Saturday, July 23, 2011

Bomb Explosion in Oslo, Norway

This article was emailed to me yesterday from Mr. David Ford of ABC News. Thank you!!! Lynn

Oslo Explosion: One of Two Blasts Result of Massive Vehicle Bomb, Sources Say

By BRIAN ROSS (@brianross) and LEE FERRAN
July 22, 2011

At least one of two explosions that rocked a Norwegian government building in Oslo today was result of a massive vehicle bomb, according to U.S. government sources on the scene.

Law enforcement officials told ABC News there were two blasts at the Norwegian capital and Norwegian news reported at least two people were killed. Several more were injured.

The prime minister, whose office is in the building, survived the blast, a government spokesperson told The Associated Press.
Pictures, posted on Twitter, show several buildings with windows blown out. Multiple tweets described people bleeding in the streets. Law enforcement officials said

No group has publicly taken responsibility for the blast and a U.S. counter-terrorism official told ABC News there is no indication yet of motive or suspects. A senior U.S. diplomat in Oslo said they believe all U.S. personnel in the country are safe and accounted for.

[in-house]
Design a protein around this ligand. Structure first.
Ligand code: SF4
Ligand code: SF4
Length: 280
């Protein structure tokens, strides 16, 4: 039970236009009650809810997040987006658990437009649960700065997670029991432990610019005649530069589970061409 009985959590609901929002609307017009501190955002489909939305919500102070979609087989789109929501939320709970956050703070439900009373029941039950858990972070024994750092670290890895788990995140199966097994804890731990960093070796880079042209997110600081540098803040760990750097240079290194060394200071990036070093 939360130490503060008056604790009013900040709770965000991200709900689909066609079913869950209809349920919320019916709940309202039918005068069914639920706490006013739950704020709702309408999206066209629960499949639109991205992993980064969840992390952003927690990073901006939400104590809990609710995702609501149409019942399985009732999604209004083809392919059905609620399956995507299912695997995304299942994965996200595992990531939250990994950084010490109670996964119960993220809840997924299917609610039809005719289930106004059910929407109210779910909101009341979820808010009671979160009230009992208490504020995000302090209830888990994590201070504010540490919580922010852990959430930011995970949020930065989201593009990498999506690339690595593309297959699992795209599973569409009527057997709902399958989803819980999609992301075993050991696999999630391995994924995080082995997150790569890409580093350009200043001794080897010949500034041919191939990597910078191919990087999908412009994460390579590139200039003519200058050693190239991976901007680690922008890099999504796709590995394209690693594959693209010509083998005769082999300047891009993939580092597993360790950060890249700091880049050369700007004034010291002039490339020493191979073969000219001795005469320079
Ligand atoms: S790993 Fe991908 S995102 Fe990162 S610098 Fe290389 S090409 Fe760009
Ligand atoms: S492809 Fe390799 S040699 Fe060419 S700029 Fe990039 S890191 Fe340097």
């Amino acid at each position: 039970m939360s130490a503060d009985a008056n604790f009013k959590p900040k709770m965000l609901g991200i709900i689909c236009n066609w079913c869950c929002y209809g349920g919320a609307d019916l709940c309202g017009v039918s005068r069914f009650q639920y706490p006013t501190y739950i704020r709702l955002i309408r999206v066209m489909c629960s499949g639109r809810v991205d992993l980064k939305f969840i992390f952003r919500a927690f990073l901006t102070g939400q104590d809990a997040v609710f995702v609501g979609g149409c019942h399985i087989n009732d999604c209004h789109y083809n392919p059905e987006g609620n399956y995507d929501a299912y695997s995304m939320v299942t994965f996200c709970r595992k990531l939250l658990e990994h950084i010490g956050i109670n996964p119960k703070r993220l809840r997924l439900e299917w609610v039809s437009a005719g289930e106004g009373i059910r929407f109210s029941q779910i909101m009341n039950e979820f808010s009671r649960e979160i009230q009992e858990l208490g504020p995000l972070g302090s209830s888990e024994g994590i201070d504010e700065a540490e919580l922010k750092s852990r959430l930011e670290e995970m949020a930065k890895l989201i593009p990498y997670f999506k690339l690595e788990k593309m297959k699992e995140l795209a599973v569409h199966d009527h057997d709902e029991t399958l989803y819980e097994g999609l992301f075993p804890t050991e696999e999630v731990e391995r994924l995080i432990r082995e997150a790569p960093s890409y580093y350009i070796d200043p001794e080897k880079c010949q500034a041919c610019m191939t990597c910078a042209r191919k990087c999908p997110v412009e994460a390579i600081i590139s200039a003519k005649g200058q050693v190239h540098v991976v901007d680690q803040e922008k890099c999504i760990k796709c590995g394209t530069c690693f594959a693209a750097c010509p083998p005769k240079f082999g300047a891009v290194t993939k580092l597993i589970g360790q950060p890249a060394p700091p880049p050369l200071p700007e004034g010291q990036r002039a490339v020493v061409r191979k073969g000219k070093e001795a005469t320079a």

Earlier this month, a Norwegian prosecutor filed terrorism charges against an Iraqi-born cleric who had allegedly threatened the lives of Norwegian politicians. Mullah Krekar, the founder of the Kurdish Islamist group Ansar al-Islam, said in a news conference in 2010 that if he was deported from Norway he would be killed and, therefore, Norwegian politicians deserved the same fate, according to an AP report. The Norwegian government had considered deporting Krekar because he was seen as a national security threat.

Prior to the Iraq War, then-Secretary of State Colin Powell said Ansar al-Islam was the "sinister nexus between Iraq and the al Qaeda terrorist network."

In 2009, the U.S. State Department said in a report that Norwegian authorities believed the probability of a terror attack there to be "low" and the public believe Norway "was not in danger of attack."

ABC News' Matthew Mosk, Matthew Cole, Martha Raddatz and Kirit Radia contributed to this report.


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